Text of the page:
Marc Sessler of NFL.com reported Wednesday the outspoken wide receiver made these thoughts quite clear when speaking to Michael Irvin and the Inside Training Camp Live crew. In speaking with Irvin and the rest of the series' staff, Marshall heaped praise upon Cutler:
"He's the first one in the building, last one to leave now, his leadership is through the roof," said Marshall. "He's correcting the coaches. This is his offense. This is his organization, he's running it, and I love it."
Unsurprisingly, Twitter users far and wide disagreed with Marshall in his assessment of Cutler's potential in 2014.
Brandon Marshall believes Jay Cutler will win MVP in 2014 and I'm gonna lead the NFL in rushing— Joe Chapp (@JoeChappM1) July 30, 2014
I love Brandon Marshall but he needs to CHILL with the whole Jay Cutler can win MVP this year stuff.— Treven Hunter (@Mr_Thunter) July 30, 2014
OK, so fans tend to overreact toward these types of comments, especially when they're given a forum like Twitter to voice their opinions. However, in this case, they're right.
Jay Cutler won't live up to the MVP hype Marshall has created for him, and for a number of key reasons.
The 31-year-old quarterback hasn't played a full season since 2009. Since then, Cutler has managed appearances in 15, 10, 15 and 11 games in 2010, 2011, 2012 and 2013, respectively.
Last year, Cutler posted respectable numbers in then rookie-head coach Marc Trestman's new offense, racking up 2,621 yards through the air, to go along with 19 touchdowns and 12 interceptions. More impressive, however, was the fact that Cutler did all that while missing a whopping 31 percent of the regular season.
But therein lies the problem: Cutler missed 31 percent of last season.
Cutler is healthy for this season, but that hasn't stopped him from missing time in his previous four seasons.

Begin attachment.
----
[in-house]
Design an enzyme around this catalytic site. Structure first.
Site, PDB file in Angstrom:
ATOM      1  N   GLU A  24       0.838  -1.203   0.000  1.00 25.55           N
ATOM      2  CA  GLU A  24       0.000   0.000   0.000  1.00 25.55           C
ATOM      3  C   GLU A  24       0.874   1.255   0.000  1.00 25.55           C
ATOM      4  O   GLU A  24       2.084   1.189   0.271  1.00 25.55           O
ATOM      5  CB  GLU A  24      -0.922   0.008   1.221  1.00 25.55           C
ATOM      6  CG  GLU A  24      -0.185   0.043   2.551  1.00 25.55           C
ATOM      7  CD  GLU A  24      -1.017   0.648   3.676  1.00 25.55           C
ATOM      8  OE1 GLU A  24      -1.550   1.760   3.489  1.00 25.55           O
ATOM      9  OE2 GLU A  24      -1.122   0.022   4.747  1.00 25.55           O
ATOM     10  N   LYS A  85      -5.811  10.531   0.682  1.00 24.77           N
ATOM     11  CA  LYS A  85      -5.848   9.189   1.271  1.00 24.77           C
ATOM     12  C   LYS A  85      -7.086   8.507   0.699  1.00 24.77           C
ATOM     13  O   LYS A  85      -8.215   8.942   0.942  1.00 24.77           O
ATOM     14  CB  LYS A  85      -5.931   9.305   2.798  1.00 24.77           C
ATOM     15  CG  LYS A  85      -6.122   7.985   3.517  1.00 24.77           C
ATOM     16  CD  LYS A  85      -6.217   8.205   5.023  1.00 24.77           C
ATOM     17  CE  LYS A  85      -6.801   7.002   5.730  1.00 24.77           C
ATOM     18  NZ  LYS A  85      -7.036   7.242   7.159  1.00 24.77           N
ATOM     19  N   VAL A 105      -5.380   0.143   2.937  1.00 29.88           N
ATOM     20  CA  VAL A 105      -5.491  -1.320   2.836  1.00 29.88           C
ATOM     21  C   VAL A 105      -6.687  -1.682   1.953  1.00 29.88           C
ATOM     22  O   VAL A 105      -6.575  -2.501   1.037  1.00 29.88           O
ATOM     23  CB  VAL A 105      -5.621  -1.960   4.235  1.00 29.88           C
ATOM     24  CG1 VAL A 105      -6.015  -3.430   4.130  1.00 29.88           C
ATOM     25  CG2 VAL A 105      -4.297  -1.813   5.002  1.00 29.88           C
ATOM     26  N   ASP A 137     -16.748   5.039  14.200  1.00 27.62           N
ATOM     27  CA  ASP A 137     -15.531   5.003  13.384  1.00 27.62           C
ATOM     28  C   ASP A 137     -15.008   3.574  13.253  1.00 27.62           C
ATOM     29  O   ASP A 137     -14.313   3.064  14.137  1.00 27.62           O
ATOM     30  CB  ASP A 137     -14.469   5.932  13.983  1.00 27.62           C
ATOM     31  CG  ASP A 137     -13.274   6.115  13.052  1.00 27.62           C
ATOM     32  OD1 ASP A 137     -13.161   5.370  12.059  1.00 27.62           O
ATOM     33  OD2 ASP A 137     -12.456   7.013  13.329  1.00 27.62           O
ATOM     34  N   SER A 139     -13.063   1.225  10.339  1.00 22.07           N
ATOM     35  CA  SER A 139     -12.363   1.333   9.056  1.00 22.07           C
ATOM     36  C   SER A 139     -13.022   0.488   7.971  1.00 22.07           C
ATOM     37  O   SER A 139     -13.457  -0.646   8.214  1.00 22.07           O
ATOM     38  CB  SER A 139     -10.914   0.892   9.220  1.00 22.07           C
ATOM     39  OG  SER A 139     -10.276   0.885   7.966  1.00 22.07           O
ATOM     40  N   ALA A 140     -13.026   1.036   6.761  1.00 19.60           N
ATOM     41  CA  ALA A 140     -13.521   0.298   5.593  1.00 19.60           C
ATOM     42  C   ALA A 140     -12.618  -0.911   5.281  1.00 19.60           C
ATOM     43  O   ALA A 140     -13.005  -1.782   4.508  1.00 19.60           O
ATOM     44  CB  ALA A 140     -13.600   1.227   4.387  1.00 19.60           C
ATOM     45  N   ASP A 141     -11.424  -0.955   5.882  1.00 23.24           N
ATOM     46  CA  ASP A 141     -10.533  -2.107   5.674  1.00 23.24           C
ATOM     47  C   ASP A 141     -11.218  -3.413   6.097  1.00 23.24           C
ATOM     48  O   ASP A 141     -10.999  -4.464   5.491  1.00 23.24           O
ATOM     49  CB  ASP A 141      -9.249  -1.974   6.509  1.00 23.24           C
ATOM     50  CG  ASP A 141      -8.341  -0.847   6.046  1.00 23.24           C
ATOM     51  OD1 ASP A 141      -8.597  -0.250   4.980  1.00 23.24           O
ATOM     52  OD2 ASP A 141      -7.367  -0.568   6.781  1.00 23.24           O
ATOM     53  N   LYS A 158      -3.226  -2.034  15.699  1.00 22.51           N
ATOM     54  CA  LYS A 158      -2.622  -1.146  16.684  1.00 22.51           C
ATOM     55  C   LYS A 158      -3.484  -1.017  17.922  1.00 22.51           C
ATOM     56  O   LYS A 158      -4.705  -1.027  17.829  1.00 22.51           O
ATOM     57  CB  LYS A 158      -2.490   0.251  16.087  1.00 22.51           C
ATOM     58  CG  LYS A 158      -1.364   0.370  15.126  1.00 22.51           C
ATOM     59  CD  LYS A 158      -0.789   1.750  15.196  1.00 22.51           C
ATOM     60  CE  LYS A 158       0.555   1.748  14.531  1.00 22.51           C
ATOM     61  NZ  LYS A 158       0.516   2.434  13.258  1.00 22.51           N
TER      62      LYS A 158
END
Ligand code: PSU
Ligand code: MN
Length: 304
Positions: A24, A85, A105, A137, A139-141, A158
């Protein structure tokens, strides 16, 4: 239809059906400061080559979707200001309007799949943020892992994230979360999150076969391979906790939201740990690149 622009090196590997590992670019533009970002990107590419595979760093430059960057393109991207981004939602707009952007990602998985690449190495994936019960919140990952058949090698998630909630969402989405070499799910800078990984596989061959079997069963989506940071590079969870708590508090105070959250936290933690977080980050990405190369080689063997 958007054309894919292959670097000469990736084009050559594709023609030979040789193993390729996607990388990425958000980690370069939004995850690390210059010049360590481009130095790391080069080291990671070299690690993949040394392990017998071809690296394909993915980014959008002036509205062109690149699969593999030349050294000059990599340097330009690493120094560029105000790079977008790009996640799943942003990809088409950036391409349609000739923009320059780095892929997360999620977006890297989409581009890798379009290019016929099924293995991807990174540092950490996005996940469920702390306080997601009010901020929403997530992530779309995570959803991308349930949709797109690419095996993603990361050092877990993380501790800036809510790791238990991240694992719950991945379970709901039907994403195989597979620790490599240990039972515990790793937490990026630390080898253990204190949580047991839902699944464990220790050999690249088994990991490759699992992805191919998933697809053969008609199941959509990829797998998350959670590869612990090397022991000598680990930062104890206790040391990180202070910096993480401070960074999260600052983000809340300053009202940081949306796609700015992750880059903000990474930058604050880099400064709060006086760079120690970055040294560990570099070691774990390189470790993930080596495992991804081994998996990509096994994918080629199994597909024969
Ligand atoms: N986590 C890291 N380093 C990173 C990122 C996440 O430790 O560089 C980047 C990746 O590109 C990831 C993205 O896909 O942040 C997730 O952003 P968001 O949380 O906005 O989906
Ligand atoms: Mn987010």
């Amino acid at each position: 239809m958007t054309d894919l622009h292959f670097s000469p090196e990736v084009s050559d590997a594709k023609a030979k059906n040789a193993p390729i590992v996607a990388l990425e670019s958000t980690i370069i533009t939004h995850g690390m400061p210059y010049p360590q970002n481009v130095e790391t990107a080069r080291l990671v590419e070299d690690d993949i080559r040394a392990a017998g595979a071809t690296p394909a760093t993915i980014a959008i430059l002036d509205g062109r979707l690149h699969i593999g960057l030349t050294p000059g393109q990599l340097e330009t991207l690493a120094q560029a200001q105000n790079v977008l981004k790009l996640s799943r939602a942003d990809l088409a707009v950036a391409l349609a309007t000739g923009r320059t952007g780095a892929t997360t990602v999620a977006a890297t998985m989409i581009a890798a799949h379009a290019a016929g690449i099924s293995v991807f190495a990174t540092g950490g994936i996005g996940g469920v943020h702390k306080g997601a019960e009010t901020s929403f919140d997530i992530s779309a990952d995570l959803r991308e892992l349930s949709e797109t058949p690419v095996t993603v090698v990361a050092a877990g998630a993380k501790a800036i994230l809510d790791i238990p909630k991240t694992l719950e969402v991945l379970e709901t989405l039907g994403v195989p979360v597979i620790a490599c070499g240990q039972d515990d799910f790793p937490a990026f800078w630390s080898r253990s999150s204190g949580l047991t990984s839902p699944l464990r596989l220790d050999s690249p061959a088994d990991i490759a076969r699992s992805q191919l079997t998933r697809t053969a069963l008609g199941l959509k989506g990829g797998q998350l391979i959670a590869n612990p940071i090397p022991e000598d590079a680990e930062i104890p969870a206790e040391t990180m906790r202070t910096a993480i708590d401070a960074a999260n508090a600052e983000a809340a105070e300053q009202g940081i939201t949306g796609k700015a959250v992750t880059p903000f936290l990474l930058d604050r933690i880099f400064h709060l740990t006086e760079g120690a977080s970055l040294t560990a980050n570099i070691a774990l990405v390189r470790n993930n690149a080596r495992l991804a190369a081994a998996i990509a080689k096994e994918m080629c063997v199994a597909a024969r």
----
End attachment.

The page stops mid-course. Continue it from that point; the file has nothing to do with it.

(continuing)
As long as Cutler is a starting quarterback, he'll be in danger of being sacked. As long as Cutler is in danger of being sacked, he'll be an injury risk.
If he can stay healthy, Cutler is likely to post a strong season, but not one of the same caliber as the group of players who he'll have to contend with for MVP honors.
Strong Competition from Other Sources
A good chunk of the reason Cutler won't win this year's MVP award is no fault of his own.
Consider Cutler's numbers, along with those of the players mentioned above since Rodgers became a full-time starter back in 2008.
The group of players analyzed in the chart above have combined to win six of the last seven NFL MVP awards, with the lone exception being Adrian Peterson in 2012.
Basic statistics used to analyze quarterbacks and their level of play put Cutler clearly below the top tier of NFL quarterbacks. The eight-year veteran owns the worst marks in all but one category, that being interceptions, where he holds a two interception lead over Drew Brees—Brees also played in 12 more games than Cutler over the years in question.
Cutler has a strong receiving corps, headlined by Pro Bowlers Alshon Jeffery and Marshall. In addition to one of the best wideout duos in the league, the Bears' offense boasts one of the league's better tight ends in Martellus Bennett.
That group is joined by one of the best running backs in the game, Matt Forte.
The Bears have surrounded Cutler with a number of outstanding playmakers, but he'll still have to outwork the game's best quarterbacks, who also find themselves in outstanding offensive situations surrounded by playmakers.
Perhaps the most important reason Cutler won't live up to Marshall's hype is the inconsistencies he displays on the playing field.
In his time with the Bears, Cutler has averaged 1.70 turnovers per game. In comparison to that group above, Cutler is the worst.
Cutler is inconsistent in his decision-making and forces passes. Part of that was likely the result of the deluge of pass-rushers he had breathing down his neck for all those seasons—he ranks as the second most sacked quarterback of that group over that time frame, trailing only Aaron Rodgers.
Can Jay Cutler live up to Brandon Marshall's hype for him in 2014?
Cutler's inconsistencies could improve this season with a second year of work in Trestman's offense. With an additional offseason to further his understanding of the system, and also to work with the rest of the offense in general—most importantly with Marshall, Jeffery, Bennett and Forte—this is within reason.
However, he could also see those interception and sack totals rise again as the result of increased pass opportunities in an offense that ranked sixth in the NFC in pass attempts last season—including the five games Cutler missed.
If Cutler's propensity to turn the ball over returns in 2014, it will prove damning for his MVP chances.
All stats courtesy of Pro-Football-Reference.com unless otherwise noted.